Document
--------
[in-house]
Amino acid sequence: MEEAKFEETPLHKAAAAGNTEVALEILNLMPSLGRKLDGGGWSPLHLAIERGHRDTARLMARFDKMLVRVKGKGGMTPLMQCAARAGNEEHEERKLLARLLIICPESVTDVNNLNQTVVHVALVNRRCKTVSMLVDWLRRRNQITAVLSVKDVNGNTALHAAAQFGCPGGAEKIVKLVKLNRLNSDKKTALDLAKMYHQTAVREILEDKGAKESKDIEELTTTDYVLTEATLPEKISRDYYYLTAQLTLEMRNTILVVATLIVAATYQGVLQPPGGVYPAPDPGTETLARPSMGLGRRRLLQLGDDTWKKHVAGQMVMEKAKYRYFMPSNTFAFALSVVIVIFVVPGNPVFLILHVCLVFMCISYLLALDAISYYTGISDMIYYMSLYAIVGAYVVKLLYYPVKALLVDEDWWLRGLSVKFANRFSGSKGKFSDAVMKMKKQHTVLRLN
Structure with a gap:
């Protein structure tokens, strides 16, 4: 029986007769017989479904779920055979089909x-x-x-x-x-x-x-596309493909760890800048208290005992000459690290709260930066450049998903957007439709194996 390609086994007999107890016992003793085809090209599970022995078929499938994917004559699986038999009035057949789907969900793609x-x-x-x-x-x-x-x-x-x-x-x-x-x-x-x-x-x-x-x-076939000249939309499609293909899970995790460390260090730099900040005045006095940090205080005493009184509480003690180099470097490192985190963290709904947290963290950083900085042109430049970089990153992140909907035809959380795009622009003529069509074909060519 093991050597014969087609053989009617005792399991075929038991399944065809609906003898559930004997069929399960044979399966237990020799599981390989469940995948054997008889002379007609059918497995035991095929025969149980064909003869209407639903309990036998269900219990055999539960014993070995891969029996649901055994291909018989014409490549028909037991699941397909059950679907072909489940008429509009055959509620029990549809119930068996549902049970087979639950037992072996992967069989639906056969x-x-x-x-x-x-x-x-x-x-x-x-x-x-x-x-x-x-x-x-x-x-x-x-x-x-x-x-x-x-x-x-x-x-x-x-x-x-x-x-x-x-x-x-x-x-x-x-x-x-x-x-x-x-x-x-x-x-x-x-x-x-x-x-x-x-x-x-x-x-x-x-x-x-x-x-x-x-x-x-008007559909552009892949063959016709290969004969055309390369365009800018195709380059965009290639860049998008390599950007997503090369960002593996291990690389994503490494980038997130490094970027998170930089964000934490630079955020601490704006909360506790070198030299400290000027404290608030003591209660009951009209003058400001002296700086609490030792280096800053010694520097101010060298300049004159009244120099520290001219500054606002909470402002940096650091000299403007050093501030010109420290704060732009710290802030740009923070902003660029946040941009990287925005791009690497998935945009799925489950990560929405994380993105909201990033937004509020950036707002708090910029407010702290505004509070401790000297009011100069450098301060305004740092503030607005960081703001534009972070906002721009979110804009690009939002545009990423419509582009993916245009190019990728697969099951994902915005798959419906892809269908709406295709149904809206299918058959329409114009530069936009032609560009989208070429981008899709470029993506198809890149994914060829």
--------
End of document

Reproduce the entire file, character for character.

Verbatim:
[in-house]
Amino acid sequence: MEEAKFEETPLHKAAAAGNTEVALEILNLMPSLGRKLDGGGWSPLHLAIERGHRDTARLMARFDKMLVRVKGKGGMTPLMQCAARAGNEEHEERKLLARLLIICPESVTDVNNLNQTVVHVALVNRRCKTVSMLVDWLRRRNQITAVLSVKDVNGNTALHAAAQFGCPGGAEKIVKLVKLNRLNSDKKTALDLAKMYHQTAVREILEDKGAKESKDIEELTTTDYVLTEATLPEKISRDYYYLTAQLTLEMRNTILVVATLIVAATYQGVLQPPGGVYPAPDPGTETLARPSMGLGRRRLLQLGDDTWKKHVAGQMVMEKAKYRYFMPSNTFAFALSVVIVIFVVPGNPVFLILHVCLVFMCISYLLALDAISYYTGISDMIYYMSLYAIVGAYVVKLLYYPVKALLVDEDWWLRGLSVKFANRFSGSKGKFSDAVMKMKKQHTVLRLN
Structure with a gap:
């Protein structure tokens, strides 16, 4: 029986007769017989479904779920055979089909x-x-x-x-x-x-x-596309493909760890800048208290005992000459690290709260930066450049998903957007439709194996 390609086994007999107890016992003793085809090209599970022995078929499938994917004559699986038999009035057949789907969900793609x-x-x-x-x-x-x-x-x-x-x-x-x-x-x-x-x-x-x-x-076939000249939309499609293909899970995790460390260090730099900040005045006095940090205080005493009184509480003690180099470097490192985190963290709904947290963290950083900085042109430049970089990153992140909907035809959380795009622009003529069509074909060519 093991050597014969087609053989009617005792399991075929038991399944065809609906003898559930004997069929399960044979399966237990020799599981390989469940995948054997008889002379007609059918497995035991095929025969149980064909003869209407639903309990036998269900219990055999539960014993070995891969029996649901055994291909018989014409490549028909037991699941397909059950679907072909489940008429509009055959509620029990549809119930068996549902049970087979639950037992072996992967069989639906056969x-x-x-x-x-x-x-x-x-x-x-x-x-x-x-x-x-x-x-x-x-x-x-x-x-x-x-x-x-x-x-x-x-x-x-x-x-x-x-x-x-x-x-x-x-x-x-x-x-x-x-x-x-x-x-x-x-x-x-x-x-x-x-x-x-x-x-x-x-x-x-x-x-x-x-x-x-x-x-x-008007559909552009892949063959016709290969004969055309390369365009800018195709380059965009290639860049998008390599950007997503090369960002593996291990690389994503490494980038997130490094970027998170930089964000934490630079955020601490704006909360506790070198030299400290000027404290608030003591209660009951009209003058400001002296700086609490030792280096800053010694520097101010060298300049004159009244120099520290001219500054606002909470402002940096650091000299403007050093501030010109420290704060732009710290802030740009923070902003660029946040941009990287925005791009690497998935945009799925489950990560929405994380993105909201990033937004509020950036707002708090910029407010702290505004509070401790000297009011100069450098301060305004740092503030607005960081703001534009972070906002721009979110804009690009939002545009990423419509582009993916245009190019990728697969099951994902915005798959419906892809269908709406295709149904809206299918058959329409114009530069936009032609560009989208070429981008899709470029993506198809890149994914060829």